d. said bundle of hollow fiber membranes having both ends open for feeding a mixture of said fluids under pressure into the bores of said hollow fiber membranes at a first end to contact the inner surfaces of said membranes to allow said one fluid to permeate the membranes to the exteriors thereof;
e. said shell having an outlet for the permeate fluid; and
f. said membranes each having a portion adapted to allow more of said fluid mixture to pass through said portion to the exteriors of the fibers, said portion being of sufficient length that the amount of said mixture passing through said portion is sufficient to sweep the permeated one fluid from the exterior of said fiber.
Description
BACKGROUND OF THE INVENTION

1. Field of the Invention

This invention relates to fluid separation membranes. In another aspect, the invention relates to a fluid separation module.

2. Prior Art

It is known to separate one fluid from a mixture of fluids by using a membrane which is more permeable to the one fluid than the others of the mixture. The fluid mixtures are brought into contact with one side of the membrane, with a pressure differential being maintained across the membrane, and the permeable fluid will permeate the membrane to the other side thereof and thereby become separated from the fluid mixture.

The rate of permeation of the fluid through a membrane is a function of the difference in partial pressures of the fluid on opposite sides of the membrane. If these partial pressures are the same, none of the fluid will permeate the membrane. This presents a real problem when it is desired to treat a fluid mixture containing only very small amounts of the fluid to be separated from the mixture. For example, when it is desired to dehydrate ethanol containing one to two percent water, the permeation of only a small portion of the water will result in a water vapor partial pressure on the permeate side of the membrane equivalent to that on the feed side, so that no more water will permeate the membrane. One method of solving this problem is to use a sweep fluid which carries the permeated fluid away from the permeate side of the membrane to allow more of such fluid to permeate the membrane.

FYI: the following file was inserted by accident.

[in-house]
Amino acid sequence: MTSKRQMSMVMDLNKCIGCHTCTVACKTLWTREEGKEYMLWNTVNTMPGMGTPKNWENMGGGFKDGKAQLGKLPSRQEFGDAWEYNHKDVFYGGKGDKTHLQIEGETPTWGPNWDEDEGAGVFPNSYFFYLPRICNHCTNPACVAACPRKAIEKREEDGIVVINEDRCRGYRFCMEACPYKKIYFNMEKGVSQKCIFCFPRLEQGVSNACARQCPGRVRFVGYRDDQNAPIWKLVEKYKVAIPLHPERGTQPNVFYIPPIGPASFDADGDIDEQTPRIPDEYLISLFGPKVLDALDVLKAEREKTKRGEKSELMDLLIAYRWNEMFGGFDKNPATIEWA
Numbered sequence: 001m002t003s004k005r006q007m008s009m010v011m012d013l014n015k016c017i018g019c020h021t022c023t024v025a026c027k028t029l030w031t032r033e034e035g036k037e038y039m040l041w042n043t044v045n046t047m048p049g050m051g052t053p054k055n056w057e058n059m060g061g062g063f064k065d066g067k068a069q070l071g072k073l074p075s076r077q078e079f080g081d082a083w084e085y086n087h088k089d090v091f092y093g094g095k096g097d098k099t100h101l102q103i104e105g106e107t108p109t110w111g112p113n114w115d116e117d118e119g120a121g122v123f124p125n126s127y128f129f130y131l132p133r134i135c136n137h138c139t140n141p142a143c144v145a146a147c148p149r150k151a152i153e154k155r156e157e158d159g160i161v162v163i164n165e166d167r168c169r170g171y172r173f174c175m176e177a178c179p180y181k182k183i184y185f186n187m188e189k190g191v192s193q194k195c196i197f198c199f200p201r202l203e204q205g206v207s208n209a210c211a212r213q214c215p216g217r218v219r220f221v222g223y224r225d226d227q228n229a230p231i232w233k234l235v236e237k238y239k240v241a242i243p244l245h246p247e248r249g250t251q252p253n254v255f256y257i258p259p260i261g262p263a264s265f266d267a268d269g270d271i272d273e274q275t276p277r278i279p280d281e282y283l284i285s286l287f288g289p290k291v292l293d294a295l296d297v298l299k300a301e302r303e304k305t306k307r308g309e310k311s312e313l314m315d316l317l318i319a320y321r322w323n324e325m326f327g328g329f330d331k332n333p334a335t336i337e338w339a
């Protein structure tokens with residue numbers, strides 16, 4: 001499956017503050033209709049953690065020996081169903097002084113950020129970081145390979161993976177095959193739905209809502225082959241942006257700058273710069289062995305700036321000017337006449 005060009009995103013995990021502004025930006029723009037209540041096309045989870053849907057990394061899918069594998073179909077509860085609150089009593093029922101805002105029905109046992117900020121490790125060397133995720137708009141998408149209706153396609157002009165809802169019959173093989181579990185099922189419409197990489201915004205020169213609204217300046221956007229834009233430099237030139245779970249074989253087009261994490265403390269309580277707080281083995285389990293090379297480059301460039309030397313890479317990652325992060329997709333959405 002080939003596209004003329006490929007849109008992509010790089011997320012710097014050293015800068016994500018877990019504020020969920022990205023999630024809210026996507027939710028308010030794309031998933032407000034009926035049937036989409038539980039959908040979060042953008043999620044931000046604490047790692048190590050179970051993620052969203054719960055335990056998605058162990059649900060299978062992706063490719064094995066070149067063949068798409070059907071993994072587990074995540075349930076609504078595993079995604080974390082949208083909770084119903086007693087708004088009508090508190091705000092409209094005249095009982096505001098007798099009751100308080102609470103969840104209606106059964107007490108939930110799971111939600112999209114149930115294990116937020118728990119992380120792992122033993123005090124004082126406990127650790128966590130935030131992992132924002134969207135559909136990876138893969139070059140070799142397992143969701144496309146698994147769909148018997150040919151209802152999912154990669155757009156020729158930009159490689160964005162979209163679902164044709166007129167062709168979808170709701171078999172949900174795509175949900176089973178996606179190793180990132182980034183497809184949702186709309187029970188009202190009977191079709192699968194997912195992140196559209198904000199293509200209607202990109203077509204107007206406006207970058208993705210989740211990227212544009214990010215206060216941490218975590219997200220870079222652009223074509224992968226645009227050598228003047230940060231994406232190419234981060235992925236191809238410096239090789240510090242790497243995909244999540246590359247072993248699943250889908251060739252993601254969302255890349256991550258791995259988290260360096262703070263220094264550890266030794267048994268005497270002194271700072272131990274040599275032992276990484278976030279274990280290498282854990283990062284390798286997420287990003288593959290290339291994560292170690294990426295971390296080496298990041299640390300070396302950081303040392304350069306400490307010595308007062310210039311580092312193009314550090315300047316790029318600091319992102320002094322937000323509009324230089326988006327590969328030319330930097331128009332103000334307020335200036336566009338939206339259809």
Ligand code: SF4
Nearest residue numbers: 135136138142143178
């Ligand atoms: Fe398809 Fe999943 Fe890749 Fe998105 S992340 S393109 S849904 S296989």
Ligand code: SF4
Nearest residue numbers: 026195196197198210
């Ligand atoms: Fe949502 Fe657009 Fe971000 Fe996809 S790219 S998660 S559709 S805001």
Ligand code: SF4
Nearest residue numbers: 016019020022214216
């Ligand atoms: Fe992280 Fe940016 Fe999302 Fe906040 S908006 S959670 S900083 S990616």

U.S. Pat. No. 3,536,611 discloses a membrane device which uses a sweep stream to sweep a permeated fluid from a bundle of membrane tubes through which the fluid has permeated. The sweep streams are brought in from opposite ends of the bundle of tubes and it is obvious that exterior piping, valves, etc. are required for directing the sweep streams into the device.

U.S. Pat. No. 3,499,062 discloses fluid separation apparatus in which part of a feed stream to be treated is passed through a membrane separator for sweeping out fluids which permeate the membranes of the separator. The least complicated embodiment of this apparatus is shown in FIGS. 6 and 9. Various piping and valves are used for directing the sweep stream into the separation apparatus. Such piping and valving, which must be used with any of the known separation apparatus where a sweep fluid is required, add to the cost and complexity of the system.

SUMMARY OF THE INVENTION

A membrane for separating one fluid from a mixture of such one fluid and at least one other fluid, the membrane preferably being in the form of a hollow fiber having one end thereof open and the other end thereof closed and also having a predetermined separation factor for the one fluid over the other fluid such that when the fluid mixture is brought under pressure into contact with the exterior surface of the membrane, the one fluid permeates the membrane to the interior thereof. At a point remote from the open end of the hollow fiber membrane, the membrane is provided with a portion having a reduced separation factor to allow passage of some of the fluid mixture through this portion into the interior of the fiber to sweep out permeated fluid from the interior of the fiber.

DESCRIPTION OF THE DRAWINGS